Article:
Category Archives: Community Economic Development
I’ve put together a list of walking/hiking trails and lookouts on the Great Northern Peninsula from Bellburns and all communities to the North. I’ll be linking these with posts with images and more information on each trail as I am able to update. In 2020, I created a challenge to get them all completed, so now I encourage you all to join the challenge when you visit the Great Northern Peninsula for yourself.
- Trails from Bellburns to Reef’s Harbour (GNP Central-South):
- Table Point Ecological Reserve (between Bellburns and River of Ponds)
- River of Ponds Walking Trails
- trail to the beach 3 km
- trail to big pond (section still under development)
- Hawke’s Bay
- John Hogan Trail, 6.4 km
- Port Saunders
- Crow Head Walking Trail
- Demonstration Forest
- Beach Trail (through subdivision)
- Port au Choix
- Dorset Trail
- Coastal Trail
- Phillip’s Garden Trail
- Point Riche Trail
- Barbace Cove Trail
- Bartlett’s Harbour
- New Ferolle
- Old Ferolle Lighthouse Trail
- Reef’s Harbour
- St. Margaret’s Bay Trail
- Trails from Plum Point to Eddies Cove East (GNP West):
- Bird Cove
- Dog Peninsula Trail
- Long Pond Trail
- Plum Point
- Basque Site Boardwalk
- Mount St. Margaret Ski Club and Trails
- St. Genevieve River Trail
- St. Barbe to Forrester’s Point (interconnected trail network)
- Anchor Point
- Deep Cove Trail
- Deep Cove Trail extension to gazebo and beach
- Deep Cove Ski Club and Trails
- Flower’s Cove
- White Rocks Walking Trail and Extension
- Marjorie Bridge and Thrombolites Trail
- Nameless Cove
- Flower’s Island Lighthouse Trail
- Sandy Cove
- Ecological Reserve for Longs Braya
- Trails from Englee to Croque (GNP East):
- Barr’d Island Trail
- Locker’s Point Trail
- White Point Trail
- Shoe Pond Hill Trail
- Heritage Trail
- The Farm
- Underground Salmon Hole
- Bide Arm
- Armistice Park Trail
- Sailor Jack’s Hill Lookout
- Glass Hole
- Fox Head Trail
- Captain Coupelongue Trail
- Sleepy Cove Trail
- Main Brook
- Main Brook Park Rugged Trails
- St. Anthony Basin Region (GNP North)
- North Boat Harbour
- Highlands Boardwalk
- Wild Bight
- Whale Point Trail
- Cape Norman Lighthouse
- Cook’s Harbour
- Garge Coates’ Lookout
- Goose Cove East
- Pumbley Cove Trail
- St. Anthony
- Bottom Brook Trails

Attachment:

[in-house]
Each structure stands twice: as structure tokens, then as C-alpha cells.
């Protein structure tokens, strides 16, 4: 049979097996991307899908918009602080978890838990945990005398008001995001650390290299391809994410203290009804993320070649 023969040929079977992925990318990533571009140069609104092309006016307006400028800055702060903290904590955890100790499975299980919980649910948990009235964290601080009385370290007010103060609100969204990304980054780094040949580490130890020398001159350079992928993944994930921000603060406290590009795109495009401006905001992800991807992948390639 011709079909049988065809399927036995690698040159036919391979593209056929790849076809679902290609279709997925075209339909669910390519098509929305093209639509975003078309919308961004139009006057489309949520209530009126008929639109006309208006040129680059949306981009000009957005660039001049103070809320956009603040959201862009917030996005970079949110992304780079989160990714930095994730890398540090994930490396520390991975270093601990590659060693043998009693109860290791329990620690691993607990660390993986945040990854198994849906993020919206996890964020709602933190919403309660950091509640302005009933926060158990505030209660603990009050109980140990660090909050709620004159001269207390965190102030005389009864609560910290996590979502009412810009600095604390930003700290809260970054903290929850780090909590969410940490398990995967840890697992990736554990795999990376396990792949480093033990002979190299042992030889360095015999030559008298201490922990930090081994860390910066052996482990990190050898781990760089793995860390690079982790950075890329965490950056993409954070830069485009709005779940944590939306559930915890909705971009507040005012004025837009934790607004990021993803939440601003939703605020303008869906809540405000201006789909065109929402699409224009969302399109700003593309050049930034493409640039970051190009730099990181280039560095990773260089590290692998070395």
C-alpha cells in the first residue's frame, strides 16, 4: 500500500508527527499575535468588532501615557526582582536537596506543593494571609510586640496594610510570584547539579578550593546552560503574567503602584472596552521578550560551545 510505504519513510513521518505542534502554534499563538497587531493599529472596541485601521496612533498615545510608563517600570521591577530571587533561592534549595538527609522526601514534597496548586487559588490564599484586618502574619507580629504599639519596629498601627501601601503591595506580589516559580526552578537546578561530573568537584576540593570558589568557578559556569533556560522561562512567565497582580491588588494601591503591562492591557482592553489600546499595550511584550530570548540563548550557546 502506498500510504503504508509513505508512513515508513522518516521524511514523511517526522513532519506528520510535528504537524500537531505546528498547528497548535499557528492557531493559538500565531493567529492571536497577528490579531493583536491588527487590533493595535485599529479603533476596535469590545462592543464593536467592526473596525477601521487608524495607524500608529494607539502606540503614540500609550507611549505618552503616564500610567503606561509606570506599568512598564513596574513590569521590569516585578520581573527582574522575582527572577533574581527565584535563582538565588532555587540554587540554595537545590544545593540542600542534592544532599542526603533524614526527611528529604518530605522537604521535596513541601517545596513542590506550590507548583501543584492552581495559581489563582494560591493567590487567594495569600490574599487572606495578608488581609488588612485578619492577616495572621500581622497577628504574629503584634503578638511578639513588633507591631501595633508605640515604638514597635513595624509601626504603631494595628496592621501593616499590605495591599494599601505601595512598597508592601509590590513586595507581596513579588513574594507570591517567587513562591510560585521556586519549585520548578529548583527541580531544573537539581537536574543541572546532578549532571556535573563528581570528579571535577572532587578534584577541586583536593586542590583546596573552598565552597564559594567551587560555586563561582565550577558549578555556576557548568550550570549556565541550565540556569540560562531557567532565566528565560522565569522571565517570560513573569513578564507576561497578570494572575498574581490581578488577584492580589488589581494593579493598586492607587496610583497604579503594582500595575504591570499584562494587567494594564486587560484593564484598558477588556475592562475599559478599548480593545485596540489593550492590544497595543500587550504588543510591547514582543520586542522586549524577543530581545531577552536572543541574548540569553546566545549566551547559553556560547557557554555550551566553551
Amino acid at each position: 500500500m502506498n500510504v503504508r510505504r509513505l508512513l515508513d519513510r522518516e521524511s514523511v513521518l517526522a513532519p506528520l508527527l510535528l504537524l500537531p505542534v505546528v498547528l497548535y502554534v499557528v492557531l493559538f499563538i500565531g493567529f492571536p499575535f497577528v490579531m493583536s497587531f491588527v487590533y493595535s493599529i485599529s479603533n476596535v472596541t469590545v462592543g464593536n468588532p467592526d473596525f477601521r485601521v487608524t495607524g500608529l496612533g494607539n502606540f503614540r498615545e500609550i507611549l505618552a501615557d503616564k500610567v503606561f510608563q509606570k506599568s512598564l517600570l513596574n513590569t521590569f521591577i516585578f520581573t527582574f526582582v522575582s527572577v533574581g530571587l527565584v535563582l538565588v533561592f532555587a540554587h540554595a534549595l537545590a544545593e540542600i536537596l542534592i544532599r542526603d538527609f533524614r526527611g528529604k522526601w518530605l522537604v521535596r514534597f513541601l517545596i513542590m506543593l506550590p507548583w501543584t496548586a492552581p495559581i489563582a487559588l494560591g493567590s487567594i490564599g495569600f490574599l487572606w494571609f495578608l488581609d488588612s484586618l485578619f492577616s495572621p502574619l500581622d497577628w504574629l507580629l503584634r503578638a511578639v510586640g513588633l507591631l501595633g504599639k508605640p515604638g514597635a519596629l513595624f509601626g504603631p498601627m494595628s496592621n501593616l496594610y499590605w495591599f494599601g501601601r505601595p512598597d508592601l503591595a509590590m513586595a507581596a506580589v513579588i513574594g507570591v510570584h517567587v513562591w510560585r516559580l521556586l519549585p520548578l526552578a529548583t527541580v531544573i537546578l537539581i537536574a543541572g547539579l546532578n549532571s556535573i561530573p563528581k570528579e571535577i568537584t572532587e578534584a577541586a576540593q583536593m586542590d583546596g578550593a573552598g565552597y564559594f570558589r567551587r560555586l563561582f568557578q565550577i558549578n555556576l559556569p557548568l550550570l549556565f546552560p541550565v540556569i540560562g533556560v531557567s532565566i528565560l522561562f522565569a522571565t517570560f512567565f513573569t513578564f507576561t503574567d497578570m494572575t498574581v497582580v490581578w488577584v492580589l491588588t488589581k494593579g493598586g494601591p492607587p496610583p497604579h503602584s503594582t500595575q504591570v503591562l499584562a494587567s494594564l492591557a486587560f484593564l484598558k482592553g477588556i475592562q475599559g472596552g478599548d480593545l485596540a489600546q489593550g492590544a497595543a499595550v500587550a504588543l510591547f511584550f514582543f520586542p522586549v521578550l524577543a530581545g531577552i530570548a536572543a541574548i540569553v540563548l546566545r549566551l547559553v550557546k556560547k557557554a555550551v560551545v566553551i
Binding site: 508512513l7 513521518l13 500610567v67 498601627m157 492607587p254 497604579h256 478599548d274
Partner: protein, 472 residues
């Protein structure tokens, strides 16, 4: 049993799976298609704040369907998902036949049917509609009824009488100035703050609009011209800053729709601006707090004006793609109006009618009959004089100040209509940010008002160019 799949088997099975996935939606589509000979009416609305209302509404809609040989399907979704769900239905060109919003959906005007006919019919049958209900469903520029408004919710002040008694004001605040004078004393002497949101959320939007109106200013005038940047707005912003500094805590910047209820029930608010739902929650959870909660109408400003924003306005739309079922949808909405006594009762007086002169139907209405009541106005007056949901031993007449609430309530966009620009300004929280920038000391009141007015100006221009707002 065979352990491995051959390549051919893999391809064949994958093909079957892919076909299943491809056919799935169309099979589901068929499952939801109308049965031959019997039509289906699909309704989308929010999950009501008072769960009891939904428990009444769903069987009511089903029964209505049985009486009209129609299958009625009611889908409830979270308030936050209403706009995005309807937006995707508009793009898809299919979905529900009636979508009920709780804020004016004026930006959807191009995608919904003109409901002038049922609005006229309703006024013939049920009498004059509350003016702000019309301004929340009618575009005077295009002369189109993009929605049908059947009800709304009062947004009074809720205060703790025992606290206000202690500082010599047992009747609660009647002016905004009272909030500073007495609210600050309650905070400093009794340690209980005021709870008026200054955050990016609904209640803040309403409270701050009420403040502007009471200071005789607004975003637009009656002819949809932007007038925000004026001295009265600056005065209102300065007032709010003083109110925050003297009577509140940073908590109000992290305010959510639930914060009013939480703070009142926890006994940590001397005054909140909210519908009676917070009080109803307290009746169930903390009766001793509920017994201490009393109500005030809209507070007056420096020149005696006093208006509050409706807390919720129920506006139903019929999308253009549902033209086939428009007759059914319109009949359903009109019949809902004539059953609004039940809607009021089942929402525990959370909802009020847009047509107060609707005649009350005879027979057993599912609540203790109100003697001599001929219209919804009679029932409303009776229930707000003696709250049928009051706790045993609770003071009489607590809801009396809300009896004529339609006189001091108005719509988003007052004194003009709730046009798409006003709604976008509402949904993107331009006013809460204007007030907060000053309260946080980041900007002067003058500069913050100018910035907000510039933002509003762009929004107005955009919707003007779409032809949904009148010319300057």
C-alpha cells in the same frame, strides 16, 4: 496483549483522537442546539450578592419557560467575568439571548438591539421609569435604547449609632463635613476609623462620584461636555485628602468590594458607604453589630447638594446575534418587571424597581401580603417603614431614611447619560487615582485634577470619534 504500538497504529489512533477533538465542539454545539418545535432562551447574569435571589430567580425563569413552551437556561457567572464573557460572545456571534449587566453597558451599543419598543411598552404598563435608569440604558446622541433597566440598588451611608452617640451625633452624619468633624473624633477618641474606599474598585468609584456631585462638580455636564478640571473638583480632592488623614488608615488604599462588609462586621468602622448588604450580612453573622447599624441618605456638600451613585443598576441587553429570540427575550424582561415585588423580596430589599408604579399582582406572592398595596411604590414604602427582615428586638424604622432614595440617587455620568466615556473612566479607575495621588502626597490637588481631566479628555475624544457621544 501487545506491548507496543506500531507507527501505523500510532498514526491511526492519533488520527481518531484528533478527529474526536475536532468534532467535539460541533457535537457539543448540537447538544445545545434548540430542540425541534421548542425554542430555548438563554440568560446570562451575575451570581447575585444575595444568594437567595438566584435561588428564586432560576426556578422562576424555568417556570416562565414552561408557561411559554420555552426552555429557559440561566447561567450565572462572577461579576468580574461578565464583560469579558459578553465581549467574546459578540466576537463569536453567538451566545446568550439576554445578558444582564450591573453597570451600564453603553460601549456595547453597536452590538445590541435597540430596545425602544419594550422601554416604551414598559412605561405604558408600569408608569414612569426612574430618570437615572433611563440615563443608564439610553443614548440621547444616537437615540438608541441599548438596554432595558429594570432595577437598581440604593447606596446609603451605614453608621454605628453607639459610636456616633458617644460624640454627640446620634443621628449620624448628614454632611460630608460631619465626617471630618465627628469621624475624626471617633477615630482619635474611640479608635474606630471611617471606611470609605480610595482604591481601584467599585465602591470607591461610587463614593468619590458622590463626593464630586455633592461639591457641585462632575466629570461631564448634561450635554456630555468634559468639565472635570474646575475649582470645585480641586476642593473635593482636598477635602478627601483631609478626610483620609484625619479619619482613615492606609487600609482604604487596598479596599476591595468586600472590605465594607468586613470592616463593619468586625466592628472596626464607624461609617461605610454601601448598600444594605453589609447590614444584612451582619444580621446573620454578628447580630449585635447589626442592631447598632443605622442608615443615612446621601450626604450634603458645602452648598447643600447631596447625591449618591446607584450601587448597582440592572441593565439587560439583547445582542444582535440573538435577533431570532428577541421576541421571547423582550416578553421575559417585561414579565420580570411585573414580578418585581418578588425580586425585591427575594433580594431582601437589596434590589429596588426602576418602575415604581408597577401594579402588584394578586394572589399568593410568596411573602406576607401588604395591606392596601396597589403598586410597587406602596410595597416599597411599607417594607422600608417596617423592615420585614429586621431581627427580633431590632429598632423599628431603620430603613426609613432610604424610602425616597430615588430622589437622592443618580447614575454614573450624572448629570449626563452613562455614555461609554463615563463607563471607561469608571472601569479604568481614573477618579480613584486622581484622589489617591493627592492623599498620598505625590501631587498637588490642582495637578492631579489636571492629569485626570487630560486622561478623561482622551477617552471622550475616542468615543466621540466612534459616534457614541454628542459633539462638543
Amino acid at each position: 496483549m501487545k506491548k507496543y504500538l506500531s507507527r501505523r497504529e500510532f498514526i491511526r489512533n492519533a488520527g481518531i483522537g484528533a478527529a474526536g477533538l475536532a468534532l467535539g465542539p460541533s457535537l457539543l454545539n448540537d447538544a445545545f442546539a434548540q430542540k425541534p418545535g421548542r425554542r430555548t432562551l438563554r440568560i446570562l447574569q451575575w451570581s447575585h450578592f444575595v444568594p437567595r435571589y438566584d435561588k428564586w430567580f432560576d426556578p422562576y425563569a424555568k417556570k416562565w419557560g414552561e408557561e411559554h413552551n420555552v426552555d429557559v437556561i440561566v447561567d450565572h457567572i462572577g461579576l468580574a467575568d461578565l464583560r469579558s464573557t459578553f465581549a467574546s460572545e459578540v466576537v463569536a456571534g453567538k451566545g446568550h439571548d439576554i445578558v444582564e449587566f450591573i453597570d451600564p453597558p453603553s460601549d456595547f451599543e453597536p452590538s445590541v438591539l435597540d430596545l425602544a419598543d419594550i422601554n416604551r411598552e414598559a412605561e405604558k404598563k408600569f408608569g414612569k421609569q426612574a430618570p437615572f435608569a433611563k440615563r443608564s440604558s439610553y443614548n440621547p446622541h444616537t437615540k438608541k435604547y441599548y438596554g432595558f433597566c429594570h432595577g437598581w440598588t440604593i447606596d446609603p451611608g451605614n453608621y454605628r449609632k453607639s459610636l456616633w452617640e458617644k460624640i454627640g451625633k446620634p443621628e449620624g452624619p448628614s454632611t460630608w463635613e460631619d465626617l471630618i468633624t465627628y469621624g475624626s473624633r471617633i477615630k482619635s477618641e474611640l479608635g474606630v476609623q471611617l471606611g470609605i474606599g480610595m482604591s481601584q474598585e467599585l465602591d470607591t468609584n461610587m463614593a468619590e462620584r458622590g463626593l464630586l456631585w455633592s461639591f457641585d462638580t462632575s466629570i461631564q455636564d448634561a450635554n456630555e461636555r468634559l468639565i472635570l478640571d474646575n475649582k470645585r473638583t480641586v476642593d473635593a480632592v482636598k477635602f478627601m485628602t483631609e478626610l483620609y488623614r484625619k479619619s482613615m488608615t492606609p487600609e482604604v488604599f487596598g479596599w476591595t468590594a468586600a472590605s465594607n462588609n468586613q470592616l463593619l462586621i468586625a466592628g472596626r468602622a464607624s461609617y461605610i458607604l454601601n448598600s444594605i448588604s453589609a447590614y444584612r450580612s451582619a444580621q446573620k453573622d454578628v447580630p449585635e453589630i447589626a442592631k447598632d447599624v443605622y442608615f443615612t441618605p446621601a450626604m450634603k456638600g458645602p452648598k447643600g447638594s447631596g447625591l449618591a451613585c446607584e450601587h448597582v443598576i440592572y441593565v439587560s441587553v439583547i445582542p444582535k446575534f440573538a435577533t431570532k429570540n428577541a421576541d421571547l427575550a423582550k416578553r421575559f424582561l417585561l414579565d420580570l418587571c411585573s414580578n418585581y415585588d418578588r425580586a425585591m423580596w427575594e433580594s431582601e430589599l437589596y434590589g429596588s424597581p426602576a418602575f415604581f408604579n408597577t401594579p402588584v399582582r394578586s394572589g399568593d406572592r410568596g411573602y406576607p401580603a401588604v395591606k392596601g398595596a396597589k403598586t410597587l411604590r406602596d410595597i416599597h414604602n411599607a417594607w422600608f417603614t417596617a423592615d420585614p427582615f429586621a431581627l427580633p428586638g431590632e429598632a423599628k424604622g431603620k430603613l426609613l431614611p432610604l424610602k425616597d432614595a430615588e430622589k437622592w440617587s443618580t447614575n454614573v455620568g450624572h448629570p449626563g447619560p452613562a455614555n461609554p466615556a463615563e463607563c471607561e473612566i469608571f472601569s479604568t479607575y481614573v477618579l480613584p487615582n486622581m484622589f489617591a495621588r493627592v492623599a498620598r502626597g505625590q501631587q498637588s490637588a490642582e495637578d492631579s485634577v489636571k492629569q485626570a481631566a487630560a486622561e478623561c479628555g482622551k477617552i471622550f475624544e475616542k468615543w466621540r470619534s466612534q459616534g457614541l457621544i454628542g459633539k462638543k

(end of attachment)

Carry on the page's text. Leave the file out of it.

- Lamage Point
- Tea House Hill
- American Base Trail
- Daredevil Trail
- Cartier’s Trail
- Whale Watcher’s Trail
- Santana Trail
- Iceberg Alley Trail
- St. Anthony Bight
- St. Anthony Point Loop
- Silver Point Trail
- St. Carol’s
- John Patey Trail
- Great Brehat
- Flat Point Trail
- Little Brehat Walking Trail
- Triple Falls Trail (Route 430), 0.8 km
- Aurora Nordic Ski Club and Trails
- Burnt Cape Ecological Reserve
- Cannon Holes and Big Oven Hike
- Nuddick Trail
- Ship Cove
- Treena’s Trail
- Album Rock
- St. Lunaire-Griquet
- Gull Pond Municipal Park
- St. Brendan’s Trail
- Dog Head Trail
- Camel’s Back Trail
- L’anse aux Meadows
- Birchy Nuddick Trail
- Norstead Trail
- Lacey’s Trail
- Beginning of the Iceberg Trail
- Gunner’s Cove
- Aunt Bride’s Lookout
- Abandoned Community of Fortune (one entrance – 5.8 KM)
- Viking Ski Club and Trails
- Hay Cove
- Noddy Bay Head Trail
- Cape Raven Trail
- Noddy Bay
- Squidjigging Point Trail
- Isle of Demons Trail (Quirpon Island)
- L’anse au Bauld
- Abandoned Community of Fortune via Cobbler; 8 km
- Quirpon Lookout Trail
- The Iceberg Trail (multi-day)
- International Appalachian Trail
If there is a trail I’ve missed, please let me know and I’ll make an update. The Great Northern Peninsula, north of Gros Morne National Park and the gateway to Labrador offers visitors and residents hundreds of kilometres of trails and very unique experiences. There is beauty around every corner and so much to experience and explore when on a nature walk, hiking trail or a look-out.
Live Rural NL –
Christopher Mitchelmore #NeverStopExploring
The Great Northern Peninsula has a network of incredible hiking trails that pull people to explore Gros Morne National Park, Port au Choix National Historic Site and L’anse aux Meadows World UNESCO Heritage site as anchor areas of attraction. The portion of the peninsula north of Bellburns has more than 80 walking and hiking trails to explore. I set a challenge to complete them all, but it wasn’t until nearly the end of summer I got complete it by finding abandoned Fortune!
The Iceberg Trail is being developed from L’anse aux Meadows to St. Lunaire-Griquet, which connects current community walking trails to create a multi-day trail network. The views and experience is truly remarkable and a gem like the East Coast Trail.
On September 6th we left from Quirpon Tickle and go around the Cobbler to the abandoned community of Fortune. We left 9:30 AM and arrived at noon (8 KM). The trail is well-marked, except at the beginning (you have to go right at Quirpon intersection, passed the community hall and drive to the end of the road and park. The trail is rated as hard on AllTrails, what an incredible experience!